Christopher Newport

Explorer

Age of Discovery

Quick Facts:

A renowned privateer, he later led the ships bound for Jamestown and explored the Chesapeake Bay.

Name: Christopher Newport

Birth/Death: 1561 CE - 1617 CE

Nationality: English

Birthplace: England

Christopher Newport, by Allan D. Jones Jr.

Christopher Newport Sketch

A twentieth-century drawing depicts Christopher Newport, an experienced English privateer who captained the flagship Susan Constant, one of three ships that delivered settlers to found the colony at Jamestown for the Virginia Company of London in 1607. This sketch by Virginia artist Allan D. Jones Jr. was probably a head-and-shoulders study for the figure of Newport that appears in the artist's large mural that hangs in the Newport News Public Library. That twenty-seven-foot-long color oil painting depicts the sea captain standing on the shore of the James River upon his arrival in 1607. The mural was unveiled in 1957, as part of the celebration of the 350th anniversary of the landing in Jamestown. From the collection of The Mariners' Museum.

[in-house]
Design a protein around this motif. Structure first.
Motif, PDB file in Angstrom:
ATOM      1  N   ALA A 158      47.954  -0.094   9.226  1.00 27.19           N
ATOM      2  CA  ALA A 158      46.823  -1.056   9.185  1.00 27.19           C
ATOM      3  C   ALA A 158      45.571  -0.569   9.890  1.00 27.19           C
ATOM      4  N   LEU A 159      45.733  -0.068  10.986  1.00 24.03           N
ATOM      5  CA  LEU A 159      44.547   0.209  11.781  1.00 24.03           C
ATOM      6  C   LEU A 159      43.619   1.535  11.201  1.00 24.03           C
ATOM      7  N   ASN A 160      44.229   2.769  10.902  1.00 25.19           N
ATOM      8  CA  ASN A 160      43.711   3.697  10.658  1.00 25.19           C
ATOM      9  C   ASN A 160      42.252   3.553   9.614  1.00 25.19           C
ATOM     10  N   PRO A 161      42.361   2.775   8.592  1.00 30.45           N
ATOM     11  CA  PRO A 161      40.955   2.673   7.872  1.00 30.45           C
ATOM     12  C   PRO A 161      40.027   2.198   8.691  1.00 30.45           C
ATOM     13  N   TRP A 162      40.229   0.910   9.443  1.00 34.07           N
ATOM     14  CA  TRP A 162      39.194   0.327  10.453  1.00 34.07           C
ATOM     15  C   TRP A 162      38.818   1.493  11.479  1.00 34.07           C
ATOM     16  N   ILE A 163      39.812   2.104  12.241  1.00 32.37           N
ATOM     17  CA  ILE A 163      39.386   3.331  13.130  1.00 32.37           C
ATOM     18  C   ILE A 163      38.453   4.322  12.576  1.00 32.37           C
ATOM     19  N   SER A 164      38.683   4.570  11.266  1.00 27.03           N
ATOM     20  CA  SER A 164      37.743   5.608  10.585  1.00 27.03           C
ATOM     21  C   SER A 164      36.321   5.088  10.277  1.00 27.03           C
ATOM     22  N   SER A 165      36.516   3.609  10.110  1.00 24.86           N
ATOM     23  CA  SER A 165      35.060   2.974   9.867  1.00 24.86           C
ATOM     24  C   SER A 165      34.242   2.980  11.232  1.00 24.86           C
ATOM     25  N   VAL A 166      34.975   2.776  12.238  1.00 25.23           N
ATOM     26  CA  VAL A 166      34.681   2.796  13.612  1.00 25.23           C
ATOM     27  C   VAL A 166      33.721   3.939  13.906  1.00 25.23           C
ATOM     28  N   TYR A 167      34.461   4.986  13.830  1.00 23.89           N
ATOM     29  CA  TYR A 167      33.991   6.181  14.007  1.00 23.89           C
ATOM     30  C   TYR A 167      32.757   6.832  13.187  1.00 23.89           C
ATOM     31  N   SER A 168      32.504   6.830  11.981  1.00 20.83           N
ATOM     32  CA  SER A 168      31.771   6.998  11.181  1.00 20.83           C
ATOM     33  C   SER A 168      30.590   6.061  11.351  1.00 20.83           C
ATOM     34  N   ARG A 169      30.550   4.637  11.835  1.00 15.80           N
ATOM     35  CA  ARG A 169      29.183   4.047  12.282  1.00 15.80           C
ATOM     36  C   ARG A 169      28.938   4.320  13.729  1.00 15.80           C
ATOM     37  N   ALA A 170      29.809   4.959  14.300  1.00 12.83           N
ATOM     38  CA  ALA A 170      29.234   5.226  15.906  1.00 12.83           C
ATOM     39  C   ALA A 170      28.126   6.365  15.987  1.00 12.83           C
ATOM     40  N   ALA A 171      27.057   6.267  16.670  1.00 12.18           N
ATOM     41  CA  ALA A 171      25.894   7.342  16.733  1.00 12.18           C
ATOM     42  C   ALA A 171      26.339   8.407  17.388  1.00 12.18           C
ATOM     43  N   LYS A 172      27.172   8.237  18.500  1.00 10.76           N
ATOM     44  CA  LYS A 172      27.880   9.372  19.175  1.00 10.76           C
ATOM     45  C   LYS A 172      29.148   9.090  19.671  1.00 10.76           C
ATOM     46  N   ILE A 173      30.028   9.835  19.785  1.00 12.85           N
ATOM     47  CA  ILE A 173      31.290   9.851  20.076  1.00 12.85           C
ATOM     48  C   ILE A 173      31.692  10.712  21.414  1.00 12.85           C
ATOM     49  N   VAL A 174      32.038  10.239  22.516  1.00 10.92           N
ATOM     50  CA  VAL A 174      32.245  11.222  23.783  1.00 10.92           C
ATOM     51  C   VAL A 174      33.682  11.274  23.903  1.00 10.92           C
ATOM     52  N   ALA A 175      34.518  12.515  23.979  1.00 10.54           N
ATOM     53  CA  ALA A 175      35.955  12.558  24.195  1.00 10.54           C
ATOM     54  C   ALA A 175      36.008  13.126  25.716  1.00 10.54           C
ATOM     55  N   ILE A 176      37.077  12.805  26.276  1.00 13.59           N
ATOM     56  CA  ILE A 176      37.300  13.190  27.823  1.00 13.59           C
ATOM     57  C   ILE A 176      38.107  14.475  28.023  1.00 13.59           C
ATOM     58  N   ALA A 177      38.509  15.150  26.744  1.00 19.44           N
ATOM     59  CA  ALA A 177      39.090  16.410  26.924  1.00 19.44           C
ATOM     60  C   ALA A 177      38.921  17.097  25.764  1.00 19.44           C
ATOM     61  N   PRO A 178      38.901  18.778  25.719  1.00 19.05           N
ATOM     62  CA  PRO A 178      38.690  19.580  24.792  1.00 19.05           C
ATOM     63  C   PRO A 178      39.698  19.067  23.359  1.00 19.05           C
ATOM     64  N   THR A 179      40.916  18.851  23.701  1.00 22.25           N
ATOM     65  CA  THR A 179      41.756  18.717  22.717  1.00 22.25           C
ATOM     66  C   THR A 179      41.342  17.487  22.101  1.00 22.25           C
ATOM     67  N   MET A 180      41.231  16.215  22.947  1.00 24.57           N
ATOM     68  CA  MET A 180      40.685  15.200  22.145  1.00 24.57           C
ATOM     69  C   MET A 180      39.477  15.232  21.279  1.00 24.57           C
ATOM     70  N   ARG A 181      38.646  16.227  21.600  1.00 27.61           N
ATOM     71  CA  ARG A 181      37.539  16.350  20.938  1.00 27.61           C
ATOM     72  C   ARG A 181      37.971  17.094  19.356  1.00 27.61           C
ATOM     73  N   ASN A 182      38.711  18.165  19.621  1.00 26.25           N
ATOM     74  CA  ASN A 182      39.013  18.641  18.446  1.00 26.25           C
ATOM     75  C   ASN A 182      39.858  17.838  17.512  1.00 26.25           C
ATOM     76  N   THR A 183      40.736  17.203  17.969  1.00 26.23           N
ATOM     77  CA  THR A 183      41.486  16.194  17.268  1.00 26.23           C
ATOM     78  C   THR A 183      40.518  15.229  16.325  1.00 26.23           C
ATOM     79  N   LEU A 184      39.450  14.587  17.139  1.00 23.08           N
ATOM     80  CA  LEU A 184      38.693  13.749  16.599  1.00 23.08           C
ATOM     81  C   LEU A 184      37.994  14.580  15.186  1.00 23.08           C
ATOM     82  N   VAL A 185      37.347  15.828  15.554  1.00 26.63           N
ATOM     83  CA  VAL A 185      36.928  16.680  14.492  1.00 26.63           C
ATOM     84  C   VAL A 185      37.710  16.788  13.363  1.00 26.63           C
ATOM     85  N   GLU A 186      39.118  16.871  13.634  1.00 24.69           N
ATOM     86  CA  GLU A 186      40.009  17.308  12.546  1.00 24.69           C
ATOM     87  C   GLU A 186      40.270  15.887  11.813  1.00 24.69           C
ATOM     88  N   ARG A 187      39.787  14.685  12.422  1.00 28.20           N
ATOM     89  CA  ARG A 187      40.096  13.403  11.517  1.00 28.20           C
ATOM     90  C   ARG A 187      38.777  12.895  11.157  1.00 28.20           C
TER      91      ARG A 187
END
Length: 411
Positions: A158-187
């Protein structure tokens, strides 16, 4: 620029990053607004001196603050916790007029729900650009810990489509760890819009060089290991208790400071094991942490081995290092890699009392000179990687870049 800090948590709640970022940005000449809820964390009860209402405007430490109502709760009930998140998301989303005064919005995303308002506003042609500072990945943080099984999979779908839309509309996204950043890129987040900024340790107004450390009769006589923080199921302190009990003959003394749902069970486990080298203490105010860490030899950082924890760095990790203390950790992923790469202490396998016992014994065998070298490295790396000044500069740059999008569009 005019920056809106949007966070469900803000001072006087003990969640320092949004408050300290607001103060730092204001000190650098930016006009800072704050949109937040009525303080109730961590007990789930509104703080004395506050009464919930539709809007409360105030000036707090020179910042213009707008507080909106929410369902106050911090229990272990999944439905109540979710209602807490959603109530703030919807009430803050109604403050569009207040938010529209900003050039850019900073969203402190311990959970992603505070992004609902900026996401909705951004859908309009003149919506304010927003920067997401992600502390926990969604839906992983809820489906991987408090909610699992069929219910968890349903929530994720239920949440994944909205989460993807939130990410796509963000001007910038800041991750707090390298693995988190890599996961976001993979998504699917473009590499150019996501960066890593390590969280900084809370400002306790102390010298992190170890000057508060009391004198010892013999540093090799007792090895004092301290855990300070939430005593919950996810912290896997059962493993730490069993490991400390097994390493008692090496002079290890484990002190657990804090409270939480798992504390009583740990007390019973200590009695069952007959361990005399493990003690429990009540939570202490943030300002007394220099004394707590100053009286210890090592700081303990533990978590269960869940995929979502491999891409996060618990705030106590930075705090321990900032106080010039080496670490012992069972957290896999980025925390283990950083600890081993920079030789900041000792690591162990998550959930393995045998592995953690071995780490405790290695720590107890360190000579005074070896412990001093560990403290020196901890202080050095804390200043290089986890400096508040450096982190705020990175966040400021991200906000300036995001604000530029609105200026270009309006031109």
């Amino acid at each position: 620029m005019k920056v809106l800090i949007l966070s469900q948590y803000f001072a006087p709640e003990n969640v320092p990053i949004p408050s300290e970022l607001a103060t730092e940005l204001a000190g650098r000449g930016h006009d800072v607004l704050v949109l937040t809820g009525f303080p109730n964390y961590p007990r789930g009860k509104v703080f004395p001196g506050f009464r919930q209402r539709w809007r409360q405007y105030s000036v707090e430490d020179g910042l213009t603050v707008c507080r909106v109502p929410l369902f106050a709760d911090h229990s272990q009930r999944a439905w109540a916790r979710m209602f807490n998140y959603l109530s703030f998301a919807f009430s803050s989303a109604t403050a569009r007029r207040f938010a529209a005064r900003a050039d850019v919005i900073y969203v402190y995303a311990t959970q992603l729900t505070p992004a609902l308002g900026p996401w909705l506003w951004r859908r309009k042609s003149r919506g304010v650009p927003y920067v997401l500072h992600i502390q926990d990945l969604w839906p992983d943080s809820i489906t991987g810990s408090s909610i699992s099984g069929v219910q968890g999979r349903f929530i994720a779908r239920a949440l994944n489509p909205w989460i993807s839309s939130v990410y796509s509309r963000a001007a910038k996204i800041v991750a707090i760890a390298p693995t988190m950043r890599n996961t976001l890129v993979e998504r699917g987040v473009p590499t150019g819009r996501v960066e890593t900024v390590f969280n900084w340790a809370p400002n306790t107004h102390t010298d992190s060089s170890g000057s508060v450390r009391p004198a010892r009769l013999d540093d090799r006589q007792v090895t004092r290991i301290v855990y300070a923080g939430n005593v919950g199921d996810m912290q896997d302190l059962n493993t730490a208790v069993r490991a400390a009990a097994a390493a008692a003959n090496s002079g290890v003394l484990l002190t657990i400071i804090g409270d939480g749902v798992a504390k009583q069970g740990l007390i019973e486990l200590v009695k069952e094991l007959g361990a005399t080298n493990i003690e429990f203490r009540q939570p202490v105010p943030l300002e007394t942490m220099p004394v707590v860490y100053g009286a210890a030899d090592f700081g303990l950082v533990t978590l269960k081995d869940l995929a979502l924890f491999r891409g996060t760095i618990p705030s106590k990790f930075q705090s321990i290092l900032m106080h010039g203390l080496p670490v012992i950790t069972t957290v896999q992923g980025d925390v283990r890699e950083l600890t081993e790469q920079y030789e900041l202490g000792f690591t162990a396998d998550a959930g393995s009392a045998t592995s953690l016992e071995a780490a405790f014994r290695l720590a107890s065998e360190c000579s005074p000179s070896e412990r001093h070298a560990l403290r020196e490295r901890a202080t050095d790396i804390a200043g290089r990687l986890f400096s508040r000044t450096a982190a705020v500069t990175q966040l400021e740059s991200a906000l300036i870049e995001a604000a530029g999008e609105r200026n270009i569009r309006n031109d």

Early Life

Christopher Newport was born in 1561 in Harwich, a seaport town in the county of Essex, England. Christopher Newport’s father was a ship-master. By the time he was a teenager, Newport was working on large sailing ships like his father.

Privateering

Christopher Newport first began working as a privateer in 1580, sailing on the Minion. In 1587, he served under Sir Francis Drake to attack the Spanish fleet at Cádiz. In 1589, he became master, or second-in-command, of the Margaret, another privateering ship. The following year he became a captain, commanding the Little John. He became a highly sought-after privateer and was feared by the Spanish, having led more attacks on Spanish ships and settlements than any other English privateer. In 1590, during an attack on a Spanish treasure ship, Newport lost his right forearm. Newport did much of his privateering in the West Indies (Caribbean), but also on the Barbary Coast (coast of Morocco, Tunisia, Algeria) and on the coast of West Africa.

Between 1592 and 1595, he commanded the Golden Dragon. One of his most successful raids was his four-flotilla attack on the Spanish ship Madre de Dios, which was carrying riches from the New World. His skill in privateering was so great that in 1594, Newport became Admiral of the English privateering fleet. Between 1595 and 1603, Christopher Newport was partial owner of the Neptune until King James I outlawed privateering for trade. At this point, Newport’s privateering career came to an end.

Voyages

The Chesapeake Bay was discovered by the Spanish in 1525.  It was named the Bay of Santa Maria, and on an expedition in 1561, it was discovered to have abundant natural resources. However, the Spanish focused their attention farther south, and left Virginia largely unsettled. This area was ripe for exploration by another nation, and the English were eager to gain a foothold in the New World.